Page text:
Examining the Firm-Specific Factors Influencing Systematic Risk of Transportation Firms in Malaysia and Singapore
The objective of this study is to examine the effect of firm-specific variables on systematic risk in the transportation industry in Malaysia and Singapore for 20 years from 1997 to 2016. To determine the systematic risk, this study employs panel data analysis of Fixed Effect Model (FEM), Pooled Ordinary Least Square (POLS), and Random Effect Model (REM). Overall findings of both countries showed that financial leverage, profitability, and firm growth are insignificant
to systematic risk. However, Malaysia shows liquidity significantly and positively associated with systematic risk. Meanwhile, Singapore indicates a positive relationship with firm size. Moreover, by examining the impact of the financial crisis (2008) on systematic risk, this study found that the presence of the financial crisis does not influence the behaviour of systematic risk in the transportation industry in Malaysia and Singapore. The findings of this study contribute to the finance literature which may help to increase the current understanding about the nature of systematic risk of the firms, including the Shariah-compliant transportation firms in Malaysia. A good perception of the sources of risk may assist policymakers as well as firm managers to obtain new ideas against external issues such as systematic risk, and this may help firms to increase profitability and prevent them from a loss or bankruptcy cost. Moreover, the additional information about the financial crisis and systematic risk may help firm managers to be more prepared to handle systematic risk in a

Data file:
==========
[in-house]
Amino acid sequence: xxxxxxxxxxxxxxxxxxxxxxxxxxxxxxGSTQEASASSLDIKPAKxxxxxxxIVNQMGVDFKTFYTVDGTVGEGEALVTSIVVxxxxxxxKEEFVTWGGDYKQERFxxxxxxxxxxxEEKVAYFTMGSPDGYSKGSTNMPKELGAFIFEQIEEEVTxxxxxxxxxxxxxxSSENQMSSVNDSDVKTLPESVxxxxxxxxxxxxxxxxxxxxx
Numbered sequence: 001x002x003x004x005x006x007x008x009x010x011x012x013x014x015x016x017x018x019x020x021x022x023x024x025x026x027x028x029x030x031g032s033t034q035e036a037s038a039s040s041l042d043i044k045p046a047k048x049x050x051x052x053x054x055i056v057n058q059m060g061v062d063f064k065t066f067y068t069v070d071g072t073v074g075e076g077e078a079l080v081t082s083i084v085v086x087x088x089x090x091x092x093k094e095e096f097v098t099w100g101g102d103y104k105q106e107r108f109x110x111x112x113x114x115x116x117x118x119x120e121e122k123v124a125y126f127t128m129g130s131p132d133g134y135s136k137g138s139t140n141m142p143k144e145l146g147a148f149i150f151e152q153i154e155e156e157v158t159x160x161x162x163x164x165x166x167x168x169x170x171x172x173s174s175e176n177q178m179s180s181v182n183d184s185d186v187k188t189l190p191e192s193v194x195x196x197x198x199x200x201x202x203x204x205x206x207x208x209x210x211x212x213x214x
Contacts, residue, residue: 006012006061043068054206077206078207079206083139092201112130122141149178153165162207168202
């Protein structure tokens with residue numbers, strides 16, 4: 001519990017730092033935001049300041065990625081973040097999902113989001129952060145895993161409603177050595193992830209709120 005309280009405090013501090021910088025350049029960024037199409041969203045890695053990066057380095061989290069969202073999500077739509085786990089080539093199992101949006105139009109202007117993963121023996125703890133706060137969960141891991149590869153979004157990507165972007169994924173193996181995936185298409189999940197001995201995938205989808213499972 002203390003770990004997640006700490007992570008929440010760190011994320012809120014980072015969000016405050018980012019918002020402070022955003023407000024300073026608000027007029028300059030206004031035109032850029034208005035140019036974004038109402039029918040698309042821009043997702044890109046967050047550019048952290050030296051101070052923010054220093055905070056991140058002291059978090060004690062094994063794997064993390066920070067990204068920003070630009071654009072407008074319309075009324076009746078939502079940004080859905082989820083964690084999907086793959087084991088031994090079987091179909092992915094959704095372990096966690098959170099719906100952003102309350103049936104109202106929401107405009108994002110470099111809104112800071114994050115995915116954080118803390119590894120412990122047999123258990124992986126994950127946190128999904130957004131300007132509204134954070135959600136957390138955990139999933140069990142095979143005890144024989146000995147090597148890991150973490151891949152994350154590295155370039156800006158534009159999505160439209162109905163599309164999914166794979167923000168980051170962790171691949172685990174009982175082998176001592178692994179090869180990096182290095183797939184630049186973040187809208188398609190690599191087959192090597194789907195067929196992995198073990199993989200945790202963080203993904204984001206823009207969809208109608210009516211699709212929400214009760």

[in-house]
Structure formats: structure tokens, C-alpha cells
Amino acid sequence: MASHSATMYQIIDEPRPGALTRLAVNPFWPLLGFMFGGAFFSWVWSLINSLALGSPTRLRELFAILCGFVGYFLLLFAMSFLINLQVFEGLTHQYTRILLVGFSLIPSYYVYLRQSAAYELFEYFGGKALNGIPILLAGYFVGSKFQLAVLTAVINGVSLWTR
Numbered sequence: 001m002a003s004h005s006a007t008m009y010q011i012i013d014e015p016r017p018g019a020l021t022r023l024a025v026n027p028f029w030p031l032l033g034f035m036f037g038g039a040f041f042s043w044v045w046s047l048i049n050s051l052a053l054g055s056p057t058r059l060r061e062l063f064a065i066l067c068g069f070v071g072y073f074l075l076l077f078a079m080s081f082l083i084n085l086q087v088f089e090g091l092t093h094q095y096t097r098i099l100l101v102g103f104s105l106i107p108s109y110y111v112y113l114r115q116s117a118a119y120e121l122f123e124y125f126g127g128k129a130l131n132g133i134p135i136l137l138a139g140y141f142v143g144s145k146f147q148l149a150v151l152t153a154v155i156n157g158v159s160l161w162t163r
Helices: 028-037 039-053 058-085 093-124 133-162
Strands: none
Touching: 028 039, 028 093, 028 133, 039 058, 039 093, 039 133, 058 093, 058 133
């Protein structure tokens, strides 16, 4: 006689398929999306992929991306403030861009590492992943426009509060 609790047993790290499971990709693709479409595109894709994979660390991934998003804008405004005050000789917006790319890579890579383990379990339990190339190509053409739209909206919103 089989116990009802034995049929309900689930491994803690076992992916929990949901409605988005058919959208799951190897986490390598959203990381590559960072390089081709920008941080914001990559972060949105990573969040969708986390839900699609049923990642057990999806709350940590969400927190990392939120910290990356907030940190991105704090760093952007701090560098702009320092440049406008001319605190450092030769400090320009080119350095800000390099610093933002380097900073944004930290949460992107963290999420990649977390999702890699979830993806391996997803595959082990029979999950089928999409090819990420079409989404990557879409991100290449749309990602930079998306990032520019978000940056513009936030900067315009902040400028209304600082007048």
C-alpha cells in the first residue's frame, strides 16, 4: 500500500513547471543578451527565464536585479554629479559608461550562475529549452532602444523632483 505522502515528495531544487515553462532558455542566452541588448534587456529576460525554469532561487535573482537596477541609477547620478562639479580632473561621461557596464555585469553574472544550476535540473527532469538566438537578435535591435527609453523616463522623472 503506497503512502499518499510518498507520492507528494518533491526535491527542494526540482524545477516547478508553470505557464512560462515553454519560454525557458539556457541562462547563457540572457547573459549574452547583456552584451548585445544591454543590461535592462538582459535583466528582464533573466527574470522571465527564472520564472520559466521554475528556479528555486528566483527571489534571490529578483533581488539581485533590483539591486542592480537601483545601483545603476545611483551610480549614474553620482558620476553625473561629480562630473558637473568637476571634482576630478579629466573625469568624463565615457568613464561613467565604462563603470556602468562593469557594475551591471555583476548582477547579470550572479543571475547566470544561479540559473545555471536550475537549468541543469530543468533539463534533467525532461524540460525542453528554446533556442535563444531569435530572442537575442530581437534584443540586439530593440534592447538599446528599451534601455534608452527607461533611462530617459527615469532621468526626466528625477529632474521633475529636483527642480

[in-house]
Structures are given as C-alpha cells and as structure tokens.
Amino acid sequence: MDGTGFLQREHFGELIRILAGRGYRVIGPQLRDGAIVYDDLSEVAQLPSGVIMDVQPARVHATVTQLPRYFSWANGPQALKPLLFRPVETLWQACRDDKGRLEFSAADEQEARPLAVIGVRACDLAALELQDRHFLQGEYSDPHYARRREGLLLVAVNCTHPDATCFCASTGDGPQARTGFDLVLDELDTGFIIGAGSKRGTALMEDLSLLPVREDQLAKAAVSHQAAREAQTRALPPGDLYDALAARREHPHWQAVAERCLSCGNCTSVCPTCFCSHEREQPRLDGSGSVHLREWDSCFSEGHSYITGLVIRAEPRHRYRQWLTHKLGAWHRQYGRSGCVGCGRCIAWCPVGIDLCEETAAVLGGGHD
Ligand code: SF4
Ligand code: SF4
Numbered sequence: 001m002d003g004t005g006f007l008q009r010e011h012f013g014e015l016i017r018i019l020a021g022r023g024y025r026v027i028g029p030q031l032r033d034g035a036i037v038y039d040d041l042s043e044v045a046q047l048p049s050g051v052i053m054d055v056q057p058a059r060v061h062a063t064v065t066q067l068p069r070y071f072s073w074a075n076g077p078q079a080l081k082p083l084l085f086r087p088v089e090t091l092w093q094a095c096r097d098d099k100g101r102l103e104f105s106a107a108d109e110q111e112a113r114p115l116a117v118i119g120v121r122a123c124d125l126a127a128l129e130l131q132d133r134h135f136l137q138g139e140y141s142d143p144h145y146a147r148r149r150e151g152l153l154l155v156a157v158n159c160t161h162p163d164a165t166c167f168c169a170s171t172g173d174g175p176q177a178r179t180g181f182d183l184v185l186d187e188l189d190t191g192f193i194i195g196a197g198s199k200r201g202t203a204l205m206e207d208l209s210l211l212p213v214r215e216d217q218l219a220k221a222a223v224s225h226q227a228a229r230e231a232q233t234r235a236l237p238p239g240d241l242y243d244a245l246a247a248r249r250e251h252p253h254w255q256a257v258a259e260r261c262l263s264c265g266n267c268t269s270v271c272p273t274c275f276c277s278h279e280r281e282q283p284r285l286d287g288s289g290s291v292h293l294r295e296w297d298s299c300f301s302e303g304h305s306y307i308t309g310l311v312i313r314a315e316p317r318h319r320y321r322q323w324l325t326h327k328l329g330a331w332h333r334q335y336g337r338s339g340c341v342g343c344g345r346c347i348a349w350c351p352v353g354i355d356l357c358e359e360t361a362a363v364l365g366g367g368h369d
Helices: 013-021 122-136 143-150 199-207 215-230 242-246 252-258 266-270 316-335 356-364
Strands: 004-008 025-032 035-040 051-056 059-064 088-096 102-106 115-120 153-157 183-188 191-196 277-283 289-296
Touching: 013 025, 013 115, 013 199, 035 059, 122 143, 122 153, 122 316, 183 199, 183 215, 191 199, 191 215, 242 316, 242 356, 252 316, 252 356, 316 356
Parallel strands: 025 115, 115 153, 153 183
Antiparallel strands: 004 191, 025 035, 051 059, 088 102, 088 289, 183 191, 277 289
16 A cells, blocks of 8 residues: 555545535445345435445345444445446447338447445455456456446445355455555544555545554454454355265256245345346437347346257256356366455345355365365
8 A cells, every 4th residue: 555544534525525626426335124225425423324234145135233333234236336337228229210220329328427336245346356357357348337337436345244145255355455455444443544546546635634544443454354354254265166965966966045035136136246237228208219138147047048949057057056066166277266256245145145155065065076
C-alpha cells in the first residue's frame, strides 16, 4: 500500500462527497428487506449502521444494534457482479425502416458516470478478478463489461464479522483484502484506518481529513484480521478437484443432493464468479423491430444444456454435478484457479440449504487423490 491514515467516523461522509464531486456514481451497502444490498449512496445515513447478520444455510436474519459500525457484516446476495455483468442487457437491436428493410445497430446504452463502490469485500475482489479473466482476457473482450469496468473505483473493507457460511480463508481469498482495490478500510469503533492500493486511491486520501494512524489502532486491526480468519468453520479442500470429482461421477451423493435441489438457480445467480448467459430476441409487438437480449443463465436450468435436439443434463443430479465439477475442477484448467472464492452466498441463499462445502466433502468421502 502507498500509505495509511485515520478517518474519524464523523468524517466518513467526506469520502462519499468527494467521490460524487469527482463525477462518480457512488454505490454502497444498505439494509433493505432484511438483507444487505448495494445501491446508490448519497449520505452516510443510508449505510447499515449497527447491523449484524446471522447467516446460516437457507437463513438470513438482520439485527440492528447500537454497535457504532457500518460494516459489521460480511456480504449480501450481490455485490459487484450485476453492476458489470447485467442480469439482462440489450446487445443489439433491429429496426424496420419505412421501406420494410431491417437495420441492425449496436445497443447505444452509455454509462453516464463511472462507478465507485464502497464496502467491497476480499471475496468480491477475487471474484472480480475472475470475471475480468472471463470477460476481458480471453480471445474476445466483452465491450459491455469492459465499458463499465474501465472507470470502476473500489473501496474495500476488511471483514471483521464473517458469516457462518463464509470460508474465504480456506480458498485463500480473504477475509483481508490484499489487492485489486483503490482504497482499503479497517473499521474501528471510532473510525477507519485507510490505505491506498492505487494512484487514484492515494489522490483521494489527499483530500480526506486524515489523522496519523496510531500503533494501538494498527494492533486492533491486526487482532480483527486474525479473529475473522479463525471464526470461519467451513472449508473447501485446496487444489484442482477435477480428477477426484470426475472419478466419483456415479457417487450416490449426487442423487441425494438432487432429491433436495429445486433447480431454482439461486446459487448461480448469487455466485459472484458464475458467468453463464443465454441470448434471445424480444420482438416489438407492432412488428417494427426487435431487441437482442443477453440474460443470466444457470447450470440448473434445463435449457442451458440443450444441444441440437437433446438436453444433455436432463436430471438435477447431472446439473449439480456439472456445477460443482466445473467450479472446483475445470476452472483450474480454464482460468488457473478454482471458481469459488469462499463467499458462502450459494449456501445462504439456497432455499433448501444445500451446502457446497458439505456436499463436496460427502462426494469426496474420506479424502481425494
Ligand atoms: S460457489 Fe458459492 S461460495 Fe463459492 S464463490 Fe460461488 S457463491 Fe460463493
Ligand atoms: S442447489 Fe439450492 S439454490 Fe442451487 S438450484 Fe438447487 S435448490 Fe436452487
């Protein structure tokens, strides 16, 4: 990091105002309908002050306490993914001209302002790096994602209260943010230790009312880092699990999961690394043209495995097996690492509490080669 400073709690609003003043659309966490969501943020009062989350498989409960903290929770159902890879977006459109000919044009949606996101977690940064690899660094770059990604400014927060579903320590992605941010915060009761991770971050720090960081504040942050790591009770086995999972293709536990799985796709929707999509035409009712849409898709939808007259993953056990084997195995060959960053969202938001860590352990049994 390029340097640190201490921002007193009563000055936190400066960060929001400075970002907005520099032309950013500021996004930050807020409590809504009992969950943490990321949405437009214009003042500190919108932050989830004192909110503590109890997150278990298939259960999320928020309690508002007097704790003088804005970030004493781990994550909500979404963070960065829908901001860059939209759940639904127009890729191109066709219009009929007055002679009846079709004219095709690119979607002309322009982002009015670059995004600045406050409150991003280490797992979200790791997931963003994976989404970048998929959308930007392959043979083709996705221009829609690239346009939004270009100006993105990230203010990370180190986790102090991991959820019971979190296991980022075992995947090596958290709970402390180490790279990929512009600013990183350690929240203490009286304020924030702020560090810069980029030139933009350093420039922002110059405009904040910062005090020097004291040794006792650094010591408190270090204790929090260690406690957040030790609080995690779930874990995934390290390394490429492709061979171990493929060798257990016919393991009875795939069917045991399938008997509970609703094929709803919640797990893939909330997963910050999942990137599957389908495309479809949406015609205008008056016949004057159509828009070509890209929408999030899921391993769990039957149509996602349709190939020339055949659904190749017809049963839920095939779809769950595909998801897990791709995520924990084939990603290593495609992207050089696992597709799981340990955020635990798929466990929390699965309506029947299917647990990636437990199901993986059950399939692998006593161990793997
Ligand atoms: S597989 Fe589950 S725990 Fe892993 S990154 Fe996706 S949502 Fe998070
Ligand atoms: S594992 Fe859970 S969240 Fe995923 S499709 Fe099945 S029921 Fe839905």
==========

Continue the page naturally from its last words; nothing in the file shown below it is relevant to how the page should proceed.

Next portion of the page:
normal as well as during crisis periods.